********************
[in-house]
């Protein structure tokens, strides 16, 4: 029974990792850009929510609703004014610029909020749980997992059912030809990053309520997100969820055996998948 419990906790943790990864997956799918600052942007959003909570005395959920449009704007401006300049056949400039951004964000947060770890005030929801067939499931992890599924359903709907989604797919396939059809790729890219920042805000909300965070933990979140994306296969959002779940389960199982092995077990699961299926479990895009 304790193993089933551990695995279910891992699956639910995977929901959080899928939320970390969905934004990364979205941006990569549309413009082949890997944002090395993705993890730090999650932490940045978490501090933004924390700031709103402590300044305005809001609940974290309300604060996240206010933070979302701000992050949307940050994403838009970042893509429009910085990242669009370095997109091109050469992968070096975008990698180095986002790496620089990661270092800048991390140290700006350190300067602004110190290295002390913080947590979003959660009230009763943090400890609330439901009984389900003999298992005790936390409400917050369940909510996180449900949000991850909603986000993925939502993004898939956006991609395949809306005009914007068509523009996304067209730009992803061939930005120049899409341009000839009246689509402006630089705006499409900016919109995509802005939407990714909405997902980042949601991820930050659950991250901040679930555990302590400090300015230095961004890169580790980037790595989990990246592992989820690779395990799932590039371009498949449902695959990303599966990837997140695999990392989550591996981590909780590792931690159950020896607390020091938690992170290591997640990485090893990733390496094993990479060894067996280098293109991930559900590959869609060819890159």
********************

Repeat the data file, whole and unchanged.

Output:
[in-house]
């Protein structure tokens, strides 16, 4: 029974990792850009929510609703004014610029909020749980997992059912030809990053309520997100969820055996998948 419990906790943790990864997956799918600052942007959003909570005395959920449009704007401006300049056949400039951004964000947060770890005030929801067939499931992890599924359903709907989604797919396939059809790729890219920042805000909300965070933990979140994306296969959002779940389960199982092995077990699961299926479990895009 304790193993089933551990695995279910891992699956639910995977929901959080899928939320970390969905934004990364979205941006990569549309413009082949890997944002090395993705993890730090999650932490940045978490501090933004924390700031709103402590300044305005809001609940974290309300604060996240206010933070979302701000992050949307940050994403838009970042893509429009910085990242669009370095997109091109050469992968070096975008990698180095986002790496620089990661270092800048991390140290700006350190300067602004110190290295002390913080947590979003959660009230009763943090400890609330439901009984389900003999298992005790936390409400917050369940909510996180449900949000991850909603986000993925939502993004898939956006991609395949809306005009914007068509523009996304067209730009992803061939930005120049899409341009000839009246689509402006630089705006499409900016919109995509802005939407990714909405997902980042949601991820930050659950991250901040679930555990302590400090300015230095961004890169580790980037790595989990990246592992989820690779395990799932590039371009498949449902695959990303599966990837997140695999990392989550591996981590909780590792931690159950020896607390020091938690992170290591997640990485090893990733390496094993990479060894067996280098293109991930559900590959869609060819890159």